Tossing out names like Patrick Roy and Martin Brodeur when discussing the success of any goalie can be a dangerous practice. Comparisons, after all, oftentimes lead to criticisms if said goalie doesn't stack up to his Hall of Fame counterparts.
But Pittsburgh Penguins coach Michel Therrien had no problem summoning memories of a young Roy and a young Brodeur when asked about his 23-year-old French-Canadian golden boy, Marc-Andre Fleury
Therrien, though, understood where to draw the line.
"Look at the great goalies, Marty Brodeur and Patrick Roy, it looks pretty easy for them because they're always in good position and they see the play right in front of them," Therrien said. "With Marc-Andre, I don't think he's there yet with Brodeur and Roy, but definitely he's going in that direction. That's a good sign for a young goalie."
If you think we're nuts to go along with this comparison, that's OK. But considering Brodeur won his first Stanley Cup in 1995 when he was 23 and Fleury enters his first Cup Final as a 23-year-old, it doesn't seem all that farfetched.
While Roy won his first Cup as a 20-year-old rookie, Fleury never had a chance at that age because the Penguins were the worst team in the NHL when he got there.
That's why he was selected first overall in the 2003 NHL Entry Draft.
Nearly five years later the Penguins are on the precipice of a championship, thanks in large part to Fleury developing into one of the League's finest goalies.
"It feels pretty good right now just to be where I am and where the team is," said Fleury, a restricted free agent after the season. "The good thing about us is we kept improving all season long. To make it this far, the guys are happy and having fun."
Ironically, it took an injury this season for Fleury to graduate into elite status.
With Fleury nursed an ankle sprain from early December to late February, backup Ty Conklin did a masterful job in keeping the Penguins afloat in the Eastern Conference playoff race.
That meant when Fleury was healthy enough to return, he had to fight for his job for the first time in his career.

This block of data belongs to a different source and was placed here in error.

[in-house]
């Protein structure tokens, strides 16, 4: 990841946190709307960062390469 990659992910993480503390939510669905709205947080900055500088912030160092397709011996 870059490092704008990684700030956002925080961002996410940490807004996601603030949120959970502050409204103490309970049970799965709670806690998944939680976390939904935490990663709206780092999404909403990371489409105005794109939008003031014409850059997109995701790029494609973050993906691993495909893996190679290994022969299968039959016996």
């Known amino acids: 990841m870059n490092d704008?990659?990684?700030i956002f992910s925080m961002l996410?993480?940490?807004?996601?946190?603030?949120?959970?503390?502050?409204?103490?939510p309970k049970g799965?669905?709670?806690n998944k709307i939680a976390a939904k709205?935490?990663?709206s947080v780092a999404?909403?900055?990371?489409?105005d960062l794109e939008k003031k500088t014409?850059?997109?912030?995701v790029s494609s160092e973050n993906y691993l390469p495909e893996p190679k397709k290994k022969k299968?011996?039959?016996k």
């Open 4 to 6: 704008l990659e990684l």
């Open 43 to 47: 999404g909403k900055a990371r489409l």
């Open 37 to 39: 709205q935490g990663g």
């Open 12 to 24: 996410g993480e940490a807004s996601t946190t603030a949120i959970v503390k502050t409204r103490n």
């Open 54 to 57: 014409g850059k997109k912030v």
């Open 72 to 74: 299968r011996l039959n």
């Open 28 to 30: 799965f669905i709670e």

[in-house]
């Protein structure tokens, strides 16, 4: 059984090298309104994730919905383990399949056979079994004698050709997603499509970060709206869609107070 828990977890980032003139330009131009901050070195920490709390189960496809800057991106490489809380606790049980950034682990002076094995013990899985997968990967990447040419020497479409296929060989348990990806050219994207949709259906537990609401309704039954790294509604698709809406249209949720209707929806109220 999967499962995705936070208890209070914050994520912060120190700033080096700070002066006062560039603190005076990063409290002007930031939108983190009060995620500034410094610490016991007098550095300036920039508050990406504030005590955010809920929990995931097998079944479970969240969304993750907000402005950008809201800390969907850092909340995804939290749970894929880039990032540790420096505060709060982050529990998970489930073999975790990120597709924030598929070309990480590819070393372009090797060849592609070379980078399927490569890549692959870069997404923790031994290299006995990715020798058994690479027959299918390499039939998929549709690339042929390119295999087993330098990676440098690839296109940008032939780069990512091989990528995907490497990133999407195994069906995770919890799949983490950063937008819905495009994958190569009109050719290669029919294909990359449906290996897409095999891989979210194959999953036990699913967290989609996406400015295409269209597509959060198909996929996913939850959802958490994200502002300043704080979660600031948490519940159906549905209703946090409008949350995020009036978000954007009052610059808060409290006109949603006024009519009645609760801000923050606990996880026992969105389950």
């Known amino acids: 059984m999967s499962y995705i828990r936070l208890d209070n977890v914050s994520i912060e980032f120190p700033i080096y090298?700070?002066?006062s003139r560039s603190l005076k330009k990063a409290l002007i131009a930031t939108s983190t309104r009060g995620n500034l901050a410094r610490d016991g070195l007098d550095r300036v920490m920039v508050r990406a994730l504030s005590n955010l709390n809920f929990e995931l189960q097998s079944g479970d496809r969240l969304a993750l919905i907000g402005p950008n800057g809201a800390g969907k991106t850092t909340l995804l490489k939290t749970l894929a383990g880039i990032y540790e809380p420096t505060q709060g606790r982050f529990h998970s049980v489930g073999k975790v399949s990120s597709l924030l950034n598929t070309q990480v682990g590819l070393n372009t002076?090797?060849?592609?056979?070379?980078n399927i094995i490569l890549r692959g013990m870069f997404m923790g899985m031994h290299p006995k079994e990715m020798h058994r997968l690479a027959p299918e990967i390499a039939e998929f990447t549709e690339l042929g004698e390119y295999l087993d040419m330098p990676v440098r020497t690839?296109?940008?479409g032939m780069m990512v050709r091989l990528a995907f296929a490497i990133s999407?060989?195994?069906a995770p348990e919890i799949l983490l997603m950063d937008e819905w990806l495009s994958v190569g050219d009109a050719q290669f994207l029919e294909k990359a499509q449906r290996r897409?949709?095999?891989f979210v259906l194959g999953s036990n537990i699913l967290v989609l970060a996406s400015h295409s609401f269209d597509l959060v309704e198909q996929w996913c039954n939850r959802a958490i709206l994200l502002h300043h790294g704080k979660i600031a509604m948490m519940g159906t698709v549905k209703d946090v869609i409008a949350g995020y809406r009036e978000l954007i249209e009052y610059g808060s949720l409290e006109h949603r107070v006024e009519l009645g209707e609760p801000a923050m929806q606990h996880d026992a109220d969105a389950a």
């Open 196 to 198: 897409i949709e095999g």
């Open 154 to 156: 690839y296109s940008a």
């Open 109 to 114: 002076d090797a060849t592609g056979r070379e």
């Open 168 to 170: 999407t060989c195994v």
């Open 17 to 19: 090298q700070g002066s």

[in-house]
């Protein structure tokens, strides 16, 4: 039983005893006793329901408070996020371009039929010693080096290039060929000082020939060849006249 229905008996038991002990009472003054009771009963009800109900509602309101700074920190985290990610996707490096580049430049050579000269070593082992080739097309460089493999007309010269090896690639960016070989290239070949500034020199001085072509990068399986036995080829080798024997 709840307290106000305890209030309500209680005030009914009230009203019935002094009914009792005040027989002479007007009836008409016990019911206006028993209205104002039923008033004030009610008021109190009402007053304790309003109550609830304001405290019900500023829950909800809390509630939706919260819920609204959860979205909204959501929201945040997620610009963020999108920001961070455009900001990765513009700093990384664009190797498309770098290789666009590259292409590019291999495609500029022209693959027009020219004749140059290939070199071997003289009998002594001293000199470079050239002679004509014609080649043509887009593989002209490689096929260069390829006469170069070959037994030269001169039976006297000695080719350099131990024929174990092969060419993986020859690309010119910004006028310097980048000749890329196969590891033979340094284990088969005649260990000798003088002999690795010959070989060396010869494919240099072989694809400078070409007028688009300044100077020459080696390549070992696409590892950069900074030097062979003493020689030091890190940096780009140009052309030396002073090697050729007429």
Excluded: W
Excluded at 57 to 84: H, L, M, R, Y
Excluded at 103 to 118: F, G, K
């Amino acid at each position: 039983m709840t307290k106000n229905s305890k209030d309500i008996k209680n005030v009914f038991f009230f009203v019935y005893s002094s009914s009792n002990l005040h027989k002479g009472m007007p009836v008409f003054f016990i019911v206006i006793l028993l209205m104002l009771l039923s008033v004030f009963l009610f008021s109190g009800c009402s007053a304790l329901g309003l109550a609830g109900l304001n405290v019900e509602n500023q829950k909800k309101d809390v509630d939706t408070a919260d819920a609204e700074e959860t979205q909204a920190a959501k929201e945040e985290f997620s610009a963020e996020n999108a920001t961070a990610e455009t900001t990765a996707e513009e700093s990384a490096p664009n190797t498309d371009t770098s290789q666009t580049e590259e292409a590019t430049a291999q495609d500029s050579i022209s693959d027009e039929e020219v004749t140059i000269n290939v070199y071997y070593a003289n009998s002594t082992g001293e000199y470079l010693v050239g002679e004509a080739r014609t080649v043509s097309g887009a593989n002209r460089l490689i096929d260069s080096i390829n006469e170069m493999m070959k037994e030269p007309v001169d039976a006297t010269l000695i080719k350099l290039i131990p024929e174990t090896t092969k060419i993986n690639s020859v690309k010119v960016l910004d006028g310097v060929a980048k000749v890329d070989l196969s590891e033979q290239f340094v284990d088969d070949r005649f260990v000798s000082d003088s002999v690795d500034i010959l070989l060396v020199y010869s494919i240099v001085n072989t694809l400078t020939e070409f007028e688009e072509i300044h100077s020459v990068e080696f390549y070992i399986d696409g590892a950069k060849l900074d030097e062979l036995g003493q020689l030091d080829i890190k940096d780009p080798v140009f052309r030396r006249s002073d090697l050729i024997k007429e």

Fleury, remember, was anointed the Penguins' No. 1 netminder just a couple of months after he was drafted. After a poor start and with the team going nowhere, he was sent to Wilkes-Barre Scranton of the AHL for some seasoning. He returned after the lockout and was named the No. 1 again, this time over Sebastien Caron and Jocelyn Thibault.
Until the injury, he had no challengers.
"He didn't have much competition to be the No. 1 guy because we had faith in him and we knew what he was capable of doing," Therrien said. "By the way Ty Conklin played we decided to send Marc-Andre back to the minors so he could work on his timing and his game (when he got healthy). When he came back we didn't give him the net right away. We wanted him to earn it. For the first time in his NHL career he had to earn it. He had to fight for that job."
Fleury eventually won his job back and has been downright awesome ever since.
He has won 22 of his last 27 starts since returning from the injury. If you go back to before the injury, Fleury has won 26 of his last 31 decisions. He's 12-2 in the playoffs, with a 1.70 goals-against average, a .938 save percentage and three shutouts.
"There was about five or six games before he got hurt in Calgary that he was playing like a superstar," defenseman Ryan Whitney said. "Since then it's just the same way. He just has brought it to another level."
"It's probably the toughest position in sports besides quarterback and he's still one of the youngest goalies in the League. (Management) was never worrying that he should be leading us to a Cup last year or the year before. It's a learning process and a growing process and he's progressing exactly like they thought."
Therrien said this is the best he has ever seen Fleury play.
"He had some good moments in his early stage, and he went through some tough times, as well," Therrien said. "With that little experience he got I think it's helping him to have this success. The game has slowed down in front of him. He's more in control. He's controlling his rebounds. He doesn't have to make that spectacular save like he did early in his career, and that's a good sign."
Fleury, who speaks quietly but is always smiling, doles out a lot of credit to his teammates, who are playing phenomenal defense in front of him. Having found success with their 1-2-2 trap, the Penguins limited the Philadelphia Flyers to 26 shots per game in Eastern Conference Final, including only 18 in Game 2 and 21 in Game 5.
"It's a thing we've been working on all year and right now the guys are doing it well," Fleury said. "The guys are doing a good job of clearing what's out there."Sidney Crosby
said Fleury's personality has not changed despite the success.
"He's the same guy to me," said Crosby, who rehabbed his ankle injury with Fleury. "We were hurt at the same time and I don't think he's changed through that time at all. As for his confidence, I think it was always there. All season he was playing well, but he came back and wanted to make sure he didn't miss a beat. He did that. He came back strong, and he's raised his level here in the playoffs."
Maxime Talbot, though, said he has noticed one change in Fleury's demeanor.
"You can see it in his face, him saying, 'OK, I got it now. I know how to win some games,' " Talbot said. "I'm sure he's going to keep on that way."
All the great ones do.
Contact Dan Rosen at firstname.lastname@example.org
Author: Dan Rosen | NHL.com Staff Writer